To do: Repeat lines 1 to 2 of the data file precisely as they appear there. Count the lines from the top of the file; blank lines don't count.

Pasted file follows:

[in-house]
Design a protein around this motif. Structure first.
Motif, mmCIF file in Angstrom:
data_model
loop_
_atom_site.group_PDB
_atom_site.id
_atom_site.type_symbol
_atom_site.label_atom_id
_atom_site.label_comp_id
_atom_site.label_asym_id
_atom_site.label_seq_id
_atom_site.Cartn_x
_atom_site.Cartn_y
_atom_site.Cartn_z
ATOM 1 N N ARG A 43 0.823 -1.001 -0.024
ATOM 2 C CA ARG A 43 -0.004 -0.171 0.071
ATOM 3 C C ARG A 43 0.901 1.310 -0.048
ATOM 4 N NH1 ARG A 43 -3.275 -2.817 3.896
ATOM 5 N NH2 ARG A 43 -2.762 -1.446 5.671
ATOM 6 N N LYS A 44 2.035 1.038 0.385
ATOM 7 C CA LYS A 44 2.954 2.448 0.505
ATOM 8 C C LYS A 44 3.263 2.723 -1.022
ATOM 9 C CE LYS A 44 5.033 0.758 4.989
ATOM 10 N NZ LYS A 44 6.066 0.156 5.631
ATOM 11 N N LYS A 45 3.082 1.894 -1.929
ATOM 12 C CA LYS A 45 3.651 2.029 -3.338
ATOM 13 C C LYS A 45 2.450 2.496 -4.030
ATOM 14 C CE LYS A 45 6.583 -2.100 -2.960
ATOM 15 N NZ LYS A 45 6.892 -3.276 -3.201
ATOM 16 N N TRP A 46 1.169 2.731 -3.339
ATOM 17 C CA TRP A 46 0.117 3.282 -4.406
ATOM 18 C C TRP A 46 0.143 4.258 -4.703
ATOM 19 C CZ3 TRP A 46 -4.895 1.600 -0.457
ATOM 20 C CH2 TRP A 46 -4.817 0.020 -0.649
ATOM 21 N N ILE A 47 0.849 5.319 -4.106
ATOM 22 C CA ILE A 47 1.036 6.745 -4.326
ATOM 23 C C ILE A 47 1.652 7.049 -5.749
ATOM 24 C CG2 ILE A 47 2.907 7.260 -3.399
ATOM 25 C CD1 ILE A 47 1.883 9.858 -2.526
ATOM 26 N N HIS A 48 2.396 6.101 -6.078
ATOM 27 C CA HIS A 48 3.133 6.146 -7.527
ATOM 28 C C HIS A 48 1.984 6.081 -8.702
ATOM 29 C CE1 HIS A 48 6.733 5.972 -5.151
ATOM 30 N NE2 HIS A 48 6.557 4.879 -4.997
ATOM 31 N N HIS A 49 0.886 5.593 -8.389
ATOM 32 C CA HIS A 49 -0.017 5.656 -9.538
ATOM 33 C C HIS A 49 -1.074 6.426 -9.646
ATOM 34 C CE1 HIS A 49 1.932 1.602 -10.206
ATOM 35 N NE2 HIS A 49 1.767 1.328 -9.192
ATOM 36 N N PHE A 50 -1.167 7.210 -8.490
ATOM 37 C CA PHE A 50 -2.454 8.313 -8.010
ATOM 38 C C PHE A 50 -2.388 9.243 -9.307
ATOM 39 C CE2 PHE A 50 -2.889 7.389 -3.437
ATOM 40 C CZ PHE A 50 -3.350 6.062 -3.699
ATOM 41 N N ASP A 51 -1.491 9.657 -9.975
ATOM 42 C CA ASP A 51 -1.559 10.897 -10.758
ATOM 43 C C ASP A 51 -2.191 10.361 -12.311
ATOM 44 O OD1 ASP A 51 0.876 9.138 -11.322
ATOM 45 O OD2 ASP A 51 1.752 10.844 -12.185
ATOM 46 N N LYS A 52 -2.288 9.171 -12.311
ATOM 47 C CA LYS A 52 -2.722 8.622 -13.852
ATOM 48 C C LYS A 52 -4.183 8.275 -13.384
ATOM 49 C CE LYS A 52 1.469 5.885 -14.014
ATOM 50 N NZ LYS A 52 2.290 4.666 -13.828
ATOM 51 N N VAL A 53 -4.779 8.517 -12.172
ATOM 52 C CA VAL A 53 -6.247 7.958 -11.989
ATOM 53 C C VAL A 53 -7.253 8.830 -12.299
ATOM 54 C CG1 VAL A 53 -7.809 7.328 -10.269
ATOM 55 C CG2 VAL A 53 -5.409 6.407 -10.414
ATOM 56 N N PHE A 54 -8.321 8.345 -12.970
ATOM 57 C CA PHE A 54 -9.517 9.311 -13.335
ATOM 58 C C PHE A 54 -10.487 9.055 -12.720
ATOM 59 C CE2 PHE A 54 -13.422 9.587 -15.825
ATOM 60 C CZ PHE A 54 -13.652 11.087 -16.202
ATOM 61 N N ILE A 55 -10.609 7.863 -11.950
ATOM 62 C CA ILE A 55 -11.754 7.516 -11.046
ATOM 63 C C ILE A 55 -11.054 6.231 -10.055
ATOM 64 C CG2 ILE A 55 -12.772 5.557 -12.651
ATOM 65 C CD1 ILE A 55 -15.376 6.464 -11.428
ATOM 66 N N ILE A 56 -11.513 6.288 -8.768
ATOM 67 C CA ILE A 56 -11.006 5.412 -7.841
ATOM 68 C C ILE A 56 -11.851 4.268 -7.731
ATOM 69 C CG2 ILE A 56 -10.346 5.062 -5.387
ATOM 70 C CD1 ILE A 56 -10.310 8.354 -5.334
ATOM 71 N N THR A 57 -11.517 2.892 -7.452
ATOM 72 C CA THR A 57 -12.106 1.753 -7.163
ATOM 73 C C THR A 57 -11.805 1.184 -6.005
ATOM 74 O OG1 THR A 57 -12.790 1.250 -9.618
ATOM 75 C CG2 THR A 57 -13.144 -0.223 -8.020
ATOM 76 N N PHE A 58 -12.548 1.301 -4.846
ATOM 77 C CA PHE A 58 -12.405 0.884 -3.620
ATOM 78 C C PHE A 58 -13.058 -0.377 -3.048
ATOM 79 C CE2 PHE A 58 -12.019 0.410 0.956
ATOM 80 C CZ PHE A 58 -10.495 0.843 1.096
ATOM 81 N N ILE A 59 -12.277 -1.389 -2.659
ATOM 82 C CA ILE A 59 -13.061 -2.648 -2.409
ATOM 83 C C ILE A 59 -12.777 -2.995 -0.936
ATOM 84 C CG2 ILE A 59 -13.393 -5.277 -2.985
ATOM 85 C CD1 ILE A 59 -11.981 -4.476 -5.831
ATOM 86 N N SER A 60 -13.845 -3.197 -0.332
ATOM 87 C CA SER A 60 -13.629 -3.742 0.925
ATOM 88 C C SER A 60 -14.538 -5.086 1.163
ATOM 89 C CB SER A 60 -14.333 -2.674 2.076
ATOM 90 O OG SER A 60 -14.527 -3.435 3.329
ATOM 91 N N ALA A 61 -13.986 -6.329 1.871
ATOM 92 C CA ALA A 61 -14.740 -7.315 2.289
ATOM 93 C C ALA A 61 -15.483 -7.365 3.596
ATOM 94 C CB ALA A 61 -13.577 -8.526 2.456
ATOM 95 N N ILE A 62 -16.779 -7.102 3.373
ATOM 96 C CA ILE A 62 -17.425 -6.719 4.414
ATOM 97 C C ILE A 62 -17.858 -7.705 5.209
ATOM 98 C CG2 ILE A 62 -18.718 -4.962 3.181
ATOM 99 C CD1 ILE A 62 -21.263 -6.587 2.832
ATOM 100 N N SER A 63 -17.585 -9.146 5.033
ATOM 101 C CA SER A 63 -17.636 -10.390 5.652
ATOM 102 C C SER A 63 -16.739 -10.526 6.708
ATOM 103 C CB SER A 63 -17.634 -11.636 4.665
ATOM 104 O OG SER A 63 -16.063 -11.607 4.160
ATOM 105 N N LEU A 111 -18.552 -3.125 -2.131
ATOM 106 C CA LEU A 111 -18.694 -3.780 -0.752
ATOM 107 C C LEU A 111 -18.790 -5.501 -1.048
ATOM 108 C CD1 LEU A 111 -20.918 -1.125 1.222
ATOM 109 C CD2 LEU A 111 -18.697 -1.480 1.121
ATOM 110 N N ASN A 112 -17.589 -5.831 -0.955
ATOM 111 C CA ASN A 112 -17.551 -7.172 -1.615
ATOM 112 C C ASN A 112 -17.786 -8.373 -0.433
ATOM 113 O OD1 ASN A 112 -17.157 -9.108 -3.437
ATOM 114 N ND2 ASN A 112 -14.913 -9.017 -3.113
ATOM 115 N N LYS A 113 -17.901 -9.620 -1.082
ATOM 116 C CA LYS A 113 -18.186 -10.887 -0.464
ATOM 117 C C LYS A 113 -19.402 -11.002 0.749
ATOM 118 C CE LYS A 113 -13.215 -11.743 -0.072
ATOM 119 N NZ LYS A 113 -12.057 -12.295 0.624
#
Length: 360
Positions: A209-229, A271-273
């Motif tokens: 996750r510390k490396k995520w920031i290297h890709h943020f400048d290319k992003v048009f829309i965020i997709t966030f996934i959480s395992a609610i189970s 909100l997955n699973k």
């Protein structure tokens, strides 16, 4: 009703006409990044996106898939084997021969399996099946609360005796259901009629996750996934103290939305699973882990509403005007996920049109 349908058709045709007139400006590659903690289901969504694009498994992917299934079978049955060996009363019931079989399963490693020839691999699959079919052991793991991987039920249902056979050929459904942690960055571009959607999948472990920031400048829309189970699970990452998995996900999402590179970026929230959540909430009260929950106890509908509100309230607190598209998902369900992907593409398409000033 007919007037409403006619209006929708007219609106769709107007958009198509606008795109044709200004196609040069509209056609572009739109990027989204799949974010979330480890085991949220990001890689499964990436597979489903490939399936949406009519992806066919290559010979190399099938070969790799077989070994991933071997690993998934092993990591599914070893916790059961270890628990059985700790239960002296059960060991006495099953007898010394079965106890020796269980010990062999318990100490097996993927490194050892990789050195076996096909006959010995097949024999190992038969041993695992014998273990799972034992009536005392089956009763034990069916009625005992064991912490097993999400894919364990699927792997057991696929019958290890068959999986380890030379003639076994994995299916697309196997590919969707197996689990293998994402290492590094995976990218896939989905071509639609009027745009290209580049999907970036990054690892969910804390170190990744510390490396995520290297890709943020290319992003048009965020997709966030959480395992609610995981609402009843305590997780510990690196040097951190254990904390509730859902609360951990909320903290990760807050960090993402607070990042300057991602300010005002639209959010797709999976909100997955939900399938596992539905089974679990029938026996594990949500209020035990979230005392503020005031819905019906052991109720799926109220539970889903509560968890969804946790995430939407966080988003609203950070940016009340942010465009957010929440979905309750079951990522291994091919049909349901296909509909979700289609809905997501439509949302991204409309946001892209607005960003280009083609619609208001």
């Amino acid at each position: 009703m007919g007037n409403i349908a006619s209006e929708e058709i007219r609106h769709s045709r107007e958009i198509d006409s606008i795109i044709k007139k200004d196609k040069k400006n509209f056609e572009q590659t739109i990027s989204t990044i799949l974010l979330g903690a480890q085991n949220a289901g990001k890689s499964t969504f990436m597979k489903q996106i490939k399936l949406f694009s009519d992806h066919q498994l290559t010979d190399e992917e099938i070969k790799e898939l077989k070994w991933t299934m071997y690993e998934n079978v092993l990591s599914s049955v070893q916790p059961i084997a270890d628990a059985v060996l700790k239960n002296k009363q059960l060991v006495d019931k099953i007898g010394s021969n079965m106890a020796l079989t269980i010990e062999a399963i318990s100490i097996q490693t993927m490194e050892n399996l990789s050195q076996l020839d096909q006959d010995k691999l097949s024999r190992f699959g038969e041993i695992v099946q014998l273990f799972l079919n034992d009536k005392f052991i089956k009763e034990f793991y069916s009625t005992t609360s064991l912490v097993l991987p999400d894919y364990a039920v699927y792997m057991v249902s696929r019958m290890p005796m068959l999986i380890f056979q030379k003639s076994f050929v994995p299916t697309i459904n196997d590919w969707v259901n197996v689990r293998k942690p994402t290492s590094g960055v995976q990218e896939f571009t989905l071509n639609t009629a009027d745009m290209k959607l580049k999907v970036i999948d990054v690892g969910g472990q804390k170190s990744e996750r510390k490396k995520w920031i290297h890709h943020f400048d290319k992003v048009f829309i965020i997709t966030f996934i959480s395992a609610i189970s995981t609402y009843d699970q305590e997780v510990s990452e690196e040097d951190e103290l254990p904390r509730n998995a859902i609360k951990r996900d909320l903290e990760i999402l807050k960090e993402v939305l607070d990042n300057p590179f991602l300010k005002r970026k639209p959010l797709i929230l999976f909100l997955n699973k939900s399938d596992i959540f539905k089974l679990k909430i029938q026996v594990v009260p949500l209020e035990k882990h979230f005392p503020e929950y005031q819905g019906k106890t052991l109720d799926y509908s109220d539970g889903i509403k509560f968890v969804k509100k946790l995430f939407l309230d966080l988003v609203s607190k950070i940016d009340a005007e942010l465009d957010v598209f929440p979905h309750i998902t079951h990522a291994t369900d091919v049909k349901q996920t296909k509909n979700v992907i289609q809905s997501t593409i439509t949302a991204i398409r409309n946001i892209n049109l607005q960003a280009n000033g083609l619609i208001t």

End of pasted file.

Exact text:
[in-house]
Design a protein around this motif. Structure first.